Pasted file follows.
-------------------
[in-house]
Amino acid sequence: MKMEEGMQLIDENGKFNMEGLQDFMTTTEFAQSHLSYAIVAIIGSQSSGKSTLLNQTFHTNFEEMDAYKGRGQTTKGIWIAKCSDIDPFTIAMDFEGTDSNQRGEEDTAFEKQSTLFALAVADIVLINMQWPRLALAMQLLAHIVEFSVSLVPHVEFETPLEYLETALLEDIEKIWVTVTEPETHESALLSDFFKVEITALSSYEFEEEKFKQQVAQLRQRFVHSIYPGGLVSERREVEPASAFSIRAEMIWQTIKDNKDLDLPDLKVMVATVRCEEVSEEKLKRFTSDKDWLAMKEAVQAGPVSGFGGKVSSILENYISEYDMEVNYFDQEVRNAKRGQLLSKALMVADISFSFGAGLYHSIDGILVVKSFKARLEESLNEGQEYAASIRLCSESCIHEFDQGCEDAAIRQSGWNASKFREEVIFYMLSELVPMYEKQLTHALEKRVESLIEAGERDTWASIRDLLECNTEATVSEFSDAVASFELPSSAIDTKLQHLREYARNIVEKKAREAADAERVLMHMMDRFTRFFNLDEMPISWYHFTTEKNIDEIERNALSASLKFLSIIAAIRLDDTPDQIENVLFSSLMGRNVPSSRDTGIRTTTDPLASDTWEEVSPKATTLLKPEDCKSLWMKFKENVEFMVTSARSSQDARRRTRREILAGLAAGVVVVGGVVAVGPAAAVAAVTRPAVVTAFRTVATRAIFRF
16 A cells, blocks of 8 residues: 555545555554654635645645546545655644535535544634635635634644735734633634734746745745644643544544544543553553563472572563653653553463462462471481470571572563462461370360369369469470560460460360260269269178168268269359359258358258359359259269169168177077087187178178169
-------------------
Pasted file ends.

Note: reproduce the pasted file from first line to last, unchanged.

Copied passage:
[in-house]
Amino acid sequence: MKMEEGMQLIDENGKFNMEGLQDFMTTTEFAQSHLSYAIVAIIGSQSSGKSTLLNQTFHTNFEEMDAYKGRGQTTKGIWIAKCSDIDPFTIAMDFEGTDSNQRGEEDTAFEKQSTLFALAVADIVLINMQWPRLALAMQLLAHIVEFSVSLVPHVEFETPLEYLETALLEDIEKIWVTVTEPETHESALLSDFFKVEITALSSYEFEEEKFKQQVAQLRQRFVHSIYPGGLVSERREVEPASAFSIRAEMIWQTIKDNKDLDLPDLKVMVATVRCEEVSEEKLKRFTSDKDWLAMKEAVQAGPVSGFGGKVSSILENYISEYDMEVNYFDQEVRNAKRGQLLSKALMVADISFSFGAGLYHSIDGILVVKSFKARLEESLNEGQEYAASIRLCSESCIHEFDQGCEDAAIRQSGWNASKFREEVIFYMLSELVPMYEKQLTHALEKRVESLIEAGERDTWASIRDLLECNTEATVSEFSDAVASFELPSSAIDTKLQHLREYARNIVEKKAREAADAERVLMHMMDRFTRFFNLDEMPISWYHFTTEKNIDEIERNALSASLKFLSIIAAIRLDDTPDQIENVLFSSLMGRNVPSSRDTGIRTTTDPLASDTWEEVSPKATTLLKPEDCKSLWMKFKENVEFMVTSARSSQDARRRTRREILAGLAAGVVVVGGVVAVGPAAAVAAVTRPAVVTAFRTVATRAIFRF
16 A cells, blocks of 8 residues: 555545555554654635645645546545655644535535544634635635634644735734633634734746745745644643544544544543553553563472572563653653553463462462471481470571572563462461370360369369469470560460460360260269269178168268269359359258358258359359259269169168177077087187178178169